Could GForce’s enhanced Oberheim OB-X emulation be even better than the original synth?

You don’t have to be much of a synth expert to know about the Oberheim OB-X, one of several classic ‘OB’ instruments that helped to define the sound of the early ‘80s.

Given its high-profile and enduring popularity, it’s no surprise that the OB-X has been emulated various times in software already, but GForce Software clearly thinks it’s got something to add to the plugin conversation and has now released its own take on the synth.

The premise is that, as well as giving you the classic OB-X tones of the past, a number of new features enable this emulation to create fresh sounds with a modern edge.

You can use up to 16 voices, each of which has access to two oscillators, a 2-pole resonant low-pass filter, amplifier and two envelope generators. The classic modulation section is here, too, but there’s more - much more.

The GForce OB-X offers mono, legato, poly and unison modes (with unison detune) and also includes a ‘vintage’ control that enables you to adjust the amount of analogue imperfection. 

What’s more, there are (deep breath) four programmable Macros, new intro, retrigger, phase and smoothing features for the LFO, new level destination for the LFO, separate PWM1 and 2, discrete levels, discreet tracking, an arpeggiator, a chord mode with scaler, and individual pan of eight pairs of voices.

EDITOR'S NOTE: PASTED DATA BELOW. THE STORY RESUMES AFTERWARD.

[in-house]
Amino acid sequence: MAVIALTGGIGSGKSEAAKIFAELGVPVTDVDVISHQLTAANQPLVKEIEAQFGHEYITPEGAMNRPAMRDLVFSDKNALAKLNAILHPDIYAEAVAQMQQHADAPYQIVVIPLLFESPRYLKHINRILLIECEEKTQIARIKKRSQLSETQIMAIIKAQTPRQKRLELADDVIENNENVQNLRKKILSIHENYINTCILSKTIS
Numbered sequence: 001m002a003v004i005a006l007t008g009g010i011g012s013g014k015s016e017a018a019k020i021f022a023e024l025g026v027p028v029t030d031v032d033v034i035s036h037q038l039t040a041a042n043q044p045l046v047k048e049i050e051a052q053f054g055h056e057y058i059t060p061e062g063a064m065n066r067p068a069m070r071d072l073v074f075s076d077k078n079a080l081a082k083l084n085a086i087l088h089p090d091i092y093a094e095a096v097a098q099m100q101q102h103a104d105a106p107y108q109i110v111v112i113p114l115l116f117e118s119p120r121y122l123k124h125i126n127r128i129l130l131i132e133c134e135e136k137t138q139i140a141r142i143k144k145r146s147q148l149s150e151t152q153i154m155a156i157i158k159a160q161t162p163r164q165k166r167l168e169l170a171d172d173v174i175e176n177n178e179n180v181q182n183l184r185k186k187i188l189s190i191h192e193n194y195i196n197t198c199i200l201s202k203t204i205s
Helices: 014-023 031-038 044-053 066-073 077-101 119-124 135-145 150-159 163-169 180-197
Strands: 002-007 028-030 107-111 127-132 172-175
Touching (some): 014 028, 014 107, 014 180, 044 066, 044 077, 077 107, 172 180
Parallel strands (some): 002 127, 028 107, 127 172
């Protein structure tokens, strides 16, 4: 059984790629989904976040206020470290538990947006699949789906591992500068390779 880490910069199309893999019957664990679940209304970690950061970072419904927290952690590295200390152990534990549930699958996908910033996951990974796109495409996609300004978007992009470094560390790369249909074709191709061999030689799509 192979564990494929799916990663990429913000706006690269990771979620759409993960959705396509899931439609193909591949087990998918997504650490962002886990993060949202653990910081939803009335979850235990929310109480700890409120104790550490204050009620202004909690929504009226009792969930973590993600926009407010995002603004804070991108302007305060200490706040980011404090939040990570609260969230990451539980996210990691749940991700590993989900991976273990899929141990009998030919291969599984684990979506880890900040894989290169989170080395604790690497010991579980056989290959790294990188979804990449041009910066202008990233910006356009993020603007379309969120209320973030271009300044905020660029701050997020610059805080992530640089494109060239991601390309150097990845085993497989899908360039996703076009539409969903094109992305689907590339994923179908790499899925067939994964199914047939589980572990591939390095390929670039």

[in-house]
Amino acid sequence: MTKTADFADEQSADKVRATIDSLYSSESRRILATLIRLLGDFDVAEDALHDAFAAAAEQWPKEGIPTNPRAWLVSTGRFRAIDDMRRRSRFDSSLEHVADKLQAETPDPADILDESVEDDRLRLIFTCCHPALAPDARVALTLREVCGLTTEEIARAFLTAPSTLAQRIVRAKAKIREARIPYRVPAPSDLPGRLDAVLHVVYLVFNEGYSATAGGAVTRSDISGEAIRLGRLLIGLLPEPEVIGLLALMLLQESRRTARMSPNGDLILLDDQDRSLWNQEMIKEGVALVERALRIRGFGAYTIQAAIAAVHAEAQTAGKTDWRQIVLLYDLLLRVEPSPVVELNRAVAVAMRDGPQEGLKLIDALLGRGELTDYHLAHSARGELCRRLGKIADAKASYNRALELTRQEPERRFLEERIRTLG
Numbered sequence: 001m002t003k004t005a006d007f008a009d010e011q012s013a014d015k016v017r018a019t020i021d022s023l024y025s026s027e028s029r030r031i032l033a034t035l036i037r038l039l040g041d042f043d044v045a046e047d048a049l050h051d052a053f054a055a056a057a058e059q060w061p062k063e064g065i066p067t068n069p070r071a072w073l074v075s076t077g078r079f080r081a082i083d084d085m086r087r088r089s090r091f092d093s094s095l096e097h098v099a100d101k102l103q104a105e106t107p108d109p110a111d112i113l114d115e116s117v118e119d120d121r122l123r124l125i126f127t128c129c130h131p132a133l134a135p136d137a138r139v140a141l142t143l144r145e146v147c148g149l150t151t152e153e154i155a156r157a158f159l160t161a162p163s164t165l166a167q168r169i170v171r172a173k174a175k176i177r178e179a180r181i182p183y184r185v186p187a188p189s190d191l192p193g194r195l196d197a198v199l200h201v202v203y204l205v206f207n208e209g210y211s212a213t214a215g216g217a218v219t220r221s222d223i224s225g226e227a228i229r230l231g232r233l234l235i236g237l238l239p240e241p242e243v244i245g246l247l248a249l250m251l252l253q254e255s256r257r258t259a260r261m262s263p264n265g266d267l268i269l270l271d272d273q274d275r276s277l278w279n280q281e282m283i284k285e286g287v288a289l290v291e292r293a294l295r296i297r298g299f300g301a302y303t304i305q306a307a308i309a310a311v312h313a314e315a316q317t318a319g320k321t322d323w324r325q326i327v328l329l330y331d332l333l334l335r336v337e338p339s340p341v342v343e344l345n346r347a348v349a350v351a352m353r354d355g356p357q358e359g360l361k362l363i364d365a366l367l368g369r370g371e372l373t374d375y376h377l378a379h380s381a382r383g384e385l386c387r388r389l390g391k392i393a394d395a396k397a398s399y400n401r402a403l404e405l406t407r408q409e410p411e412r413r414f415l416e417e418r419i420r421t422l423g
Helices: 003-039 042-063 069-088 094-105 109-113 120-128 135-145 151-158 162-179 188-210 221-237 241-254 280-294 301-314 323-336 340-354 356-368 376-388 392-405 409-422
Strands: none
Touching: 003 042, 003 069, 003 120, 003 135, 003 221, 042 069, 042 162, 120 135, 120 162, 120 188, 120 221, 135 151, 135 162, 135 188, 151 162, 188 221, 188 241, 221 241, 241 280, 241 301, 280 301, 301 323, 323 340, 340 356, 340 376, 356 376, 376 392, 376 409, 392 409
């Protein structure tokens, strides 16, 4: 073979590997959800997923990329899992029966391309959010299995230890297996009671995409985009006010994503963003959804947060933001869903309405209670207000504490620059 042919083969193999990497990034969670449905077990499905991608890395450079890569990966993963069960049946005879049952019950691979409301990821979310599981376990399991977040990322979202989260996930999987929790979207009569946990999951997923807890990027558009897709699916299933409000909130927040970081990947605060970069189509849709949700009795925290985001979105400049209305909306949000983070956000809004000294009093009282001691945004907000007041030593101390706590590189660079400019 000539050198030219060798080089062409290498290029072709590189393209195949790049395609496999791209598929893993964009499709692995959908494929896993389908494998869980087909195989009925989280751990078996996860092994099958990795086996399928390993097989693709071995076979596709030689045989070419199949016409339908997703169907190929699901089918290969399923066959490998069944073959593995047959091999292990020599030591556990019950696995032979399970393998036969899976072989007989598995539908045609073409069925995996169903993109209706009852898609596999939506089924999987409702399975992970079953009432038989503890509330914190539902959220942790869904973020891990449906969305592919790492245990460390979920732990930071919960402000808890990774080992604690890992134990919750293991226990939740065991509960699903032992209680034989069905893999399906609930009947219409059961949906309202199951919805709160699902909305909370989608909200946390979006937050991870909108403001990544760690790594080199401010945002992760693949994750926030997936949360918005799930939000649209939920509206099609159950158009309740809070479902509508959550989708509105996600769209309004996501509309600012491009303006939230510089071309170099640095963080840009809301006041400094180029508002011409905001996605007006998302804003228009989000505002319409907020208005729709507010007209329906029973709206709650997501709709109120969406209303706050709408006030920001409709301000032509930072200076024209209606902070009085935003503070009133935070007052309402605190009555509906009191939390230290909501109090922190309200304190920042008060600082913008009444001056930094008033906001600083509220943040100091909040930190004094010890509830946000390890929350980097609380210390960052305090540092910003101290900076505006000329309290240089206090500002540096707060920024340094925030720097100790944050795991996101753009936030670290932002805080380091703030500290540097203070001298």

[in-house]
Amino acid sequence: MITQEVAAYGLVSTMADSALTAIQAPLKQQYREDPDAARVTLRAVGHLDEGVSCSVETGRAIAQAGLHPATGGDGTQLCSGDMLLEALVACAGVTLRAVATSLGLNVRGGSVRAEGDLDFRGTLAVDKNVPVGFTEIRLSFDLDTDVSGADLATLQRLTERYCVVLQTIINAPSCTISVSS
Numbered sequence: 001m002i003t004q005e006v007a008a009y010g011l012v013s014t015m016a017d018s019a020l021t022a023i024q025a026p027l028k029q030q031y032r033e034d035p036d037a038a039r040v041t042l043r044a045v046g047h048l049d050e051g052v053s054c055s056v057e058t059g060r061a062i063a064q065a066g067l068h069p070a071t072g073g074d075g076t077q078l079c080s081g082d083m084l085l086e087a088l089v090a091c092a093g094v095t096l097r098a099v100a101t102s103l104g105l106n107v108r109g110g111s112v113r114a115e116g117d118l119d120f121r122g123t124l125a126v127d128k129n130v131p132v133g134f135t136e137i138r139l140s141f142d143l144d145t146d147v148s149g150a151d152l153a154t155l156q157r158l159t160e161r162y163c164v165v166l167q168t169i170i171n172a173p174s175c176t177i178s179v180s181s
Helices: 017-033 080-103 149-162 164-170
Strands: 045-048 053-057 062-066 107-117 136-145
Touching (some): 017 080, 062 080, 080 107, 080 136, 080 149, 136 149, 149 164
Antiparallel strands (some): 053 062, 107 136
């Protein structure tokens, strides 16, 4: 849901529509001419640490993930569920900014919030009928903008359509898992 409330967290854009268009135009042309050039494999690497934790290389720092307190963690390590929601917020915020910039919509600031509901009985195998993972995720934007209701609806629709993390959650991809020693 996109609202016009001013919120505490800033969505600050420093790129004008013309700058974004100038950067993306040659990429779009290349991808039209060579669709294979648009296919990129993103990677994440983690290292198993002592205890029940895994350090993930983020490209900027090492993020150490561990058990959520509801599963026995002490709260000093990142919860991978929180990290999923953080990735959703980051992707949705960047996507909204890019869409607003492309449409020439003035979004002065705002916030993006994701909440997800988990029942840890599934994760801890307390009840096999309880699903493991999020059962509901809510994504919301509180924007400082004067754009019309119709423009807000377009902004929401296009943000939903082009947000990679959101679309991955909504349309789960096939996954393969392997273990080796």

Throw in chorus, stereo delay and reverb effects, X-Modifiers, dedicated LFOs and ADSRs for almost all parameters, and you’ve got a whole lot of OB-Xtras to play with.

More than 400 presets are included to demonstrate this ‘new’ OB-X’s tonal range. These can be perused in a new, flexible browser that offers multiple tagging, sorting and search options.

The GForce Oberheim OB-X runs on PC and Mac in VST/AU/AAX and standalone formats and can currently be purchased for the introductory price of £82. The regular price will be £120.

This is not GForce’s first Oberheim rodeo, of course; it previously emulated the company’s SEM and OB-E synths, and you can currently purchase these in a bundle with the new OB-X for £204 (regular price £300).

Find out more and download a demo on the GForce Software website.

GForce Software Oberheim OB-X

(Image credit: GForce Software)
Ben Rogerson
Deputy Editor

I’m the Deputy Editor of MusicRadar, having worked on the site since its launch in 2007. I previously spent eight years working on our sister magazine, Computer Music. I’ve been playing the piano, gigging in bands and failing to finish tracks at home for more than 30 years, 24 of which I’ve also spent writing about music and the ever-changing technology used to make it. 

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